Marcs and David Lawrence sale of its stores complicated

The sale of collapsed fashion brands Marcs and David Lawrence is being hampered by owner and major creditor Malcolm Webster’s security over assets, including the chains’ stock holdings, according to potential buyers.
Nanjing Night Net

Administrator Rodgers Reidy confirmed Mr Webster, an experienced retailer who co-founded UK fashion chain Jigsaw, had a “general security” over the assets of the two companies, M. Webster Holdings and Webster Asset which operate the Marcs and David Lawrence chains in Australia and New Zealand, employing more than 1100 workers.

Marcs and David Lawrence fell into administration in February under the weight of debts totalling more than $30 million, including $12 million owed to Mr Webster.

Geoffrey Reidy, director of Rodgers Reidy, would not go as far as saying the security arrangement was making the sale difficult but he said it was “certainly a relevant fact”.

“Malcolm is in effect the bank in this matter,” Mr Reidy said.

One potential buyer said Mr Webster’s security over the brands’ stock was a significant, complicating factor.

“No one can do a deal without him [Malcolm Webster] because he has a security over the inventory,” one retail insider said.

“You could buy the operating companies but he could take all his inventory out. The legal structure affords the current owner an undue level of protection in my opinion.”

A number of parties have already run the ruler over the brand with analysts suggesting the Marcs operation has the best prospect of survival however Rodgers Reidy has already announced the shut-down of the brands’ 10 New Zealand stores.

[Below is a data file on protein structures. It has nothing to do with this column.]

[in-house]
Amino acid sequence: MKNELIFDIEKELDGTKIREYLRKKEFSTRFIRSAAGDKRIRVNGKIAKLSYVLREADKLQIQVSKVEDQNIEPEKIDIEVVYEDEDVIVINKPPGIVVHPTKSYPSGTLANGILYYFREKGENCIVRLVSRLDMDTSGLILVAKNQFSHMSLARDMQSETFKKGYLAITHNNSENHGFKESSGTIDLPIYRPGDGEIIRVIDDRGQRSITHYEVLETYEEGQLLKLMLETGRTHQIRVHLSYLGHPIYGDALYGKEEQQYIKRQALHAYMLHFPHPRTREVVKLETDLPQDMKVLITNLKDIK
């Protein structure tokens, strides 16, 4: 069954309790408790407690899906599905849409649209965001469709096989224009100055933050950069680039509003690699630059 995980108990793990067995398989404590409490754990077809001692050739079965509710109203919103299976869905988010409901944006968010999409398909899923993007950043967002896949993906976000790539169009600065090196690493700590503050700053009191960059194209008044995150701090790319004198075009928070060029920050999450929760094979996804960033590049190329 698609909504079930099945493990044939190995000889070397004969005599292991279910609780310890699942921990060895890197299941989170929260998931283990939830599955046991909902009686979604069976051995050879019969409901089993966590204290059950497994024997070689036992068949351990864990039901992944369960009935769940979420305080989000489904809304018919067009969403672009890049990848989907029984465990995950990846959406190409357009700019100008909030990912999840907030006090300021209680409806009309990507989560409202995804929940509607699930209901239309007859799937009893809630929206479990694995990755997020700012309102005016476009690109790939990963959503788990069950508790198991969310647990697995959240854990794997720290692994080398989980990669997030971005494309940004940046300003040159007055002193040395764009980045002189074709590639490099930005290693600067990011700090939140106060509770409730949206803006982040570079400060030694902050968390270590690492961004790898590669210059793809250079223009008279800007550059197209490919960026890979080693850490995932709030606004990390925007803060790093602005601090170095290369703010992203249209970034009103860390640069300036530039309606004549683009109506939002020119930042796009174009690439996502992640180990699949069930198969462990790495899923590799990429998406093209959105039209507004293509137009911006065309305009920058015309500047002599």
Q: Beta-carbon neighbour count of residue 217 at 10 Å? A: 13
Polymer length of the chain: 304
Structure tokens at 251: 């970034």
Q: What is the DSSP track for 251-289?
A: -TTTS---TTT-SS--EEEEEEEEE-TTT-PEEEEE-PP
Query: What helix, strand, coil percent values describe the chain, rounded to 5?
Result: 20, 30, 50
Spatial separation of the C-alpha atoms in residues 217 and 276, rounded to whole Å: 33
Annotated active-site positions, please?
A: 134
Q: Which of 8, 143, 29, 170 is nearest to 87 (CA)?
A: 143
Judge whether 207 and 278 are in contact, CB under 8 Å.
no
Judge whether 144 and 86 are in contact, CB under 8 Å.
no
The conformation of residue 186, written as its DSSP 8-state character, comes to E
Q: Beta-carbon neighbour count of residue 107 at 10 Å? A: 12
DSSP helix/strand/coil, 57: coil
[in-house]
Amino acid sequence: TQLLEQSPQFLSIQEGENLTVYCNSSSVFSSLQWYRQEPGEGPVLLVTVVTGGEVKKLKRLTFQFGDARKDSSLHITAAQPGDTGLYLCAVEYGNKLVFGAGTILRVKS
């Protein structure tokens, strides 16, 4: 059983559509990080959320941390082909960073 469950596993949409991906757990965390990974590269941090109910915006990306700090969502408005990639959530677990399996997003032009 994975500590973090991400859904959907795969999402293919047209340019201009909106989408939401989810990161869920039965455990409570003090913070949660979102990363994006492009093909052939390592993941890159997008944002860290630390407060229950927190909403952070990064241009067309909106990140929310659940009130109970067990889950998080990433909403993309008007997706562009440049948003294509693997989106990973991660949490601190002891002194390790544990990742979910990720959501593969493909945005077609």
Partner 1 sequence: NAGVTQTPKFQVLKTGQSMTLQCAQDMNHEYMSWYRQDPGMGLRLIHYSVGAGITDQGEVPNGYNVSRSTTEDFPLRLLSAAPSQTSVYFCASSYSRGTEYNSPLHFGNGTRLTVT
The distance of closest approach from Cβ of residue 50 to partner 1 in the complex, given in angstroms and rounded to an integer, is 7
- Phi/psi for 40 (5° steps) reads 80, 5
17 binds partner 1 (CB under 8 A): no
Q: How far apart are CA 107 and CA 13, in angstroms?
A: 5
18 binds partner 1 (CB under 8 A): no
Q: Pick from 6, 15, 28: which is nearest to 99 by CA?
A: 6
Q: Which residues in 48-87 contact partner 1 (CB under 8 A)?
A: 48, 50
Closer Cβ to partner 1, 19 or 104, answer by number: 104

Rodgers Reidy claims a “handful” of parties are currently in talks with it over the brands however Mr Reidy said it was not at a point where it could present offers to the secured creditor, Mr Webster.

He could not say how quickly these talks will progress. “I’d like to be able to give staff some certainty today but we are in uncertain territory, I’m hopeful we will be able to give them more certainty next week,” Mr Reidy said.

Retail analysts aren’t optimistic a buyer will emerge for both brands as the Australian apparel sector battles the twin pressures of flat wages growth and increasing competition from the global apparel heavyweights such as Zara, H&M and Uniqlo.

A rash of retail collapses, including Payless Shoes, Pumpkin Patch and Herringbone since December threatens to push more than 4000 workers onto the unemployment line and analysts warn there is more pain to come as traders battle to balance rising utility bills with flat or declining sales growth.

More than 40 workers will lose their jobs when the New Zealand Marcs and David Lawrence stores shut down in the next few months after a firesale of the remaining stock.

The brands have been trading in New Zealand for more than a decade and Rodgers Reidy said stock would be immediately marked down.

“While the New Zealand stores of Marcs and David Lawrence are closing permanently we are dealing with interested parties in respect to the sale of the Australian business and we are continuing to trade out of the 177 Marcs and David Lawrence stores,” Rodgers Reidy’s Andrew Barnden said.

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